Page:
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500.8 - Debt Capacity

University Group Policy #500.8

I.  Policy Statement

Debt financing, especially tax-exempt debt, provides a low cost source of capital for the Winston-Salem State University (University) to fund capital investments to achieve its mission and strategic objectives. Indeed, as the economic landscape continues to evolve and change, the use of debt will become an increasingly important tool that enables the University to move its strategy forward. In this environment, appropriate financial leverage plays a key role and is considered a long-term component of the University’s balance sheet. Given that the University has limited debt repayment resources, the allocation of and management of debt is a limited resource. The guidelines provided in this document are the framework by which decisions will be made regarding the issuance of debt to finance particular capital improvements.

II.    Guidelines


The University's debt capacity is a limited resource. Only projects that relate to the mission of the University, directly or indirectly, will be considered for debt financing. In general, projects that will be approved are broader in scope than college, or unit-based projects. However, certain mission-critical school-based projects can also receive approval.

State funding and philanthropy are expected to remain major sources of financing for the University's capital projects. In assessing the possible use of debt, all other financing and revenue sources will be considered. State appropriations and bonds, philanthropy, project-generating revenues, research facilities and administration cost reimbursement, expendable reserves, and other sources are expected to finance a portion of the cost of a project. Debt is to be used conservatively and strategically.

Projects financed through a bonding program will have received approval through the NC State Legislature annual non-appropriated capital improvements bill and will have been designated as “special obligation projects" by the North Carolina Board of Governors. Energy conservation measures will have received state agency approval as required.

A project that has a related revenue stream (self-liquidating project) will receive priority consideration. For these projects, the use of debt must be supported by an achievable financial plan that includes servicing the debt, including interest expense, financing related infrastructure and utilities, meeting any new or increased operating costs (including security applications), and providing for appropriate replacement and renovation costs. Energy conservation measures must show that savings will be adequate to service the debt and an annual monitoring costs. Other projects funded by budgetary savings, gifts, and grants will be considered on a case by case basis. Any projects that will require gift financing, or include a gift financing component, must be jointly approved by the Vice Chancellor for University Advancement and the Vice Chancellor for Finance and Administration before approaching any prospective donors about gifts to the project. In all cases, institutional strategy and not donor capacity must drive the decision to build a project.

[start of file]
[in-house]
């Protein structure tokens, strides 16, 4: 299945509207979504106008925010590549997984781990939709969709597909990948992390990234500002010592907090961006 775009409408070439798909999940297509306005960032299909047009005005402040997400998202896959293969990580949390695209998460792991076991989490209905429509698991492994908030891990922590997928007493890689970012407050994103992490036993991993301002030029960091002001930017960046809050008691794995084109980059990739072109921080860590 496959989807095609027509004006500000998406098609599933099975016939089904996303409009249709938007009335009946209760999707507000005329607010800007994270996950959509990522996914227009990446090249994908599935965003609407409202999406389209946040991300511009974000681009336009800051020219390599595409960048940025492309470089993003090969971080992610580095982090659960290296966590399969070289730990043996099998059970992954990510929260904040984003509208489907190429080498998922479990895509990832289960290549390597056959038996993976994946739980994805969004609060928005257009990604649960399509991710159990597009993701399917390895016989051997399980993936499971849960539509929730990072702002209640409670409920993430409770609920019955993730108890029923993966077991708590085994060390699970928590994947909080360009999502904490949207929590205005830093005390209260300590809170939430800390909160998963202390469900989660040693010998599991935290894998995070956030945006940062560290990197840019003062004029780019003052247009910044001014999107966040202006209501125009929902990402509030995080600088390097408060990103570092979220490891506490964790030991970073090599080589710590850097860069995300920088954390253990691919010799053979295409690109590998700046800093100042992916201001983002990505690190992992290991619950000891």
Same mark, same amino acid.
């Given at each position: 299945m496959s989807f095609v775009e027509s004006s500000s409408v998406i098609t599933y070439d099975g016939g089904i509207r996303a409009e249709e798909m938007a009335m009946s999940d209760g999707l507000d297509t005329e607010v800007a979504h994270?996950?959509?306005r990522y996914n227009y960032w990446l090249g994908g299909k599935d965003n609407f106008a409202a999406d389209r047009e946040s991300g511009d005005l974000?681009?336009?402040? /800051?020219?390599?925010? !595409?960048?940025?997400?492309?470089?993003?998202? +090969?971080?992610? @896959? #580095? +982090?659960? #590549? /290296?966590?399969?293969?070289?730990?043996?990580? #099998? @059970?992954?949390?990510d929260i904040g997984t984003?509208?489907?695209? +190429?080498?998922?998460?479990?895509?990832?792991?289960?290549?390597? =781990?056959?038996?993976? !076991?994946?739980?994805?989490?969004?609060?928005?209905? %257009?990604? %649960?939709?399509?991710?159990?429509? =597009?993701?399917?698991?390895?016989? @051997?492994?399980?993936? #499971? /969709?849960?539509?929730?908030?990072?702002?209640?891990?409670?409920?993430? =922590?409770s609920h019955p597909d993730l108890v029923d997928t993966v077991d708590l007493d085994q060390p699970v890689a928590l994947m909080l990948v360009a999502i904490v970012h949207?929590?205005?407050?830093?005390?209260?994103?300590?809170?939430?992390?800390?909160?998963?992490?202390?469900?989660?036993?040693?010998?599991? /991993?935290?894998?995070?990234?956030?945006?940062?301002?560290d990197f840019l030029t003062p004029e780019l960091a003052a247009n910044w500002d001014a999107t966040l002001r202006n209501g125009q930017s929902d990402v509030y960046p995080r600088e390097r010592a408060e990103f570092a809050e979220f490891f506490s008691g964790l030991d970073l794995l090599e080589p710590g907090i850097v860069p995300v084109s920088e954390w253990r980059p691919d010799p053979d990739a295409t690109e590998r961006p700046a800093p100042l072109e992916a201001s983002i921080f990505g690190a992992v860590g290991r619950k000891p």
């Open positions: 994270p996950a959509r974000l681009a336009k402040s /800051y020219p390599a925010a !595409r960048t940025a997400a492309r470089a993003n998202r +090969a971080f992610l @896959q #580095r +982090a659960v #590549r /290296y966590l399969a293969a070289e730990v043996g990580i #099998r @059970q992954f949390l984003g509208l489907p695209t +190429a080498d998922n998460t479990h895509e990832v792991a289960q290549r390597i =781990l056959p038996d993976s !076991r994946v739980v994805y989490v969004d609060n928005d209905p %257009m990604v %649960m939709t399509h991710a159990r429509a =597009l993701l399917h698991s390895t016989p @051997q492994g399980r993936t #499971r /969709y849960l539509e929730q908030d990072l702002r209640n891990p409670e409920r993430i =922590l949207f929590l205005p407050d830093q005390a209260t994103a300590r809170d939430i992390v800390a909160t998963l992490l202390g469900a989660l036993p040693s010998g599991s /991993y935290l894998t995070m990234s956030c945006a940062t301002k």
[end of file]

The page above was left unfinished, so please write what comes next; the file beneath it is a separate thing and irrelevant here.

Maintenance of Credit Rating

Maintaining a high credit rating will permit the University to continue to issue debt and finance capital projects at favorable interest rates while meeting its strategic objectives. While the University's decision to issue additional debt will be primarily focused on the strategic importance of the new capital improvements, the potential impact of a change in credit rating will also be reviewed. The University recognizes that external economic, natural, or other events may from time to time affect the creditworthiness of its debt. Nevertheless, the University is committed to ensuring that actions within its control are prudent. Management will provide the rating agencies with full and timely access to required information. The University currently receives credit ratings from Standard and Poor’s Financial Services and Moody’s Investor Services.

Methods of Sale

The standard methods of sale are competitive, negotiated and private placement. University management will evaluate each method of sale and determine the best type for each bond issue.

Financing Team Professionals

Selection of financing team professionals will be accomplished based on guidance from UNC General Administration, Bond Counsel, Financial Advisor (if needed) and Underwriter pool will be selected using appropriate contractual processes.


Refunding and/or restructuring opportunities will be evaluated on a regular basis. Costs incurred by the refunding activity will be taken into consideration with a target of 3% present value savings. The University will also consider refinancing for other strategic reasons including the elimination of certain limitations, covenants, payment obligations or reserve requirements that reduce flexibility.


The University will comply with federal arbitrage requirements on invested tax-exempt bond proceeds, causing arbitrage rebate calculations to be performed annually and rebate payments to be remitted to the IRS periodically as required. The University currently uses Bingham Arbitrage Rebate Services (third party) to compute any arbitrage liability.